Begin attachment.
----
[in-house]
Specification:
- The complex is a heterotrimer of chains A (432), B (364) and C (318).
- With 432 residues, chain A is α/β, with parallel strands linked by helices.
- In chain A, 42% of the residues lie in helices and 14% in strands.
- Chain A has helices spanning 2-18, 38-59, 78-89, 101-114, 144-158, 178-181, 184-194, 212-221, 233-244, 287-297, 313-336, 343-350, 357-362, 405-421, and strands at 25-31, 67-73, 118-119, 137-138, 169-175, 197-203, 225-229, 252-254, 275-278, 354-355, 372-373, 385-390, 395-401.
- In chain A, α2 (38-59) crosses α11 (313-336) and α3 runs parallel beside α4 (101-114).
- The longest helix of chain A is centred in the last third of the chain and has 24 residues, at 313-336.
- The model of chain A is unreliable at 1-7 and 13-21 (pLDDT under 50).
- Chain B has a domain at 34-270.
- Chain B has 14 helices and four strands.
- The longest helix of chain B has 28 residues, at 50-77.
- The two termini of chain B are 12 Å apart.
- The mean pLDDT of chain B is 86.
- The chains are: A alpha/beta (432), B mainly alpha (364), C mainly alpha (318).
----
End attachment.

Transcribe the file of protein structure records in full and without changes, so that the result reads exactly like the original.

[in-house]
Specification:
- The complex is a heterotrimer of chains A (432), B (364) and C (318).
- With 432 residues, chain A is α/β, with parallel strands linked by helices.
- In chain A, 42% of the residues lie in helices and 14% in strands.
- Chain A has helices spanning 2-18, 38-59, 78-89, 101-114, 144-158, 178-181, 184-194, 212-221, 233-244, 287-297, 313-336, 343-350, 357-362, 405-421, and strands at 25-31, 67-73, 118-119, 137-138, 169-175, 197-203, 225-229, 252-254, 275-278, 354-355, 372-373, 385-390, 395-401.
- In chain A, α2 (38-59) crosses α11 (313-336) and α3 runs parallel beside α4 (101-114).
- The longest helix of chain A is centred in the last third of the chain and has 24 residues, at 313-336.
- The model of chain A is unreliable at 1-7 and 13-21 (pLDDT under 50).
- Chain B has a domain at 34-270.
- Chain B has 14 helices and four strands.
- The longest helix of chain B has 28 residues, at 50-77.
- The two termini of chain B are 12 Å apart.
- The mean pLDDT of chain B is 86.
- The chains are: A alpha/beta (432), B mainly alpha (364), C mainly alpha (318).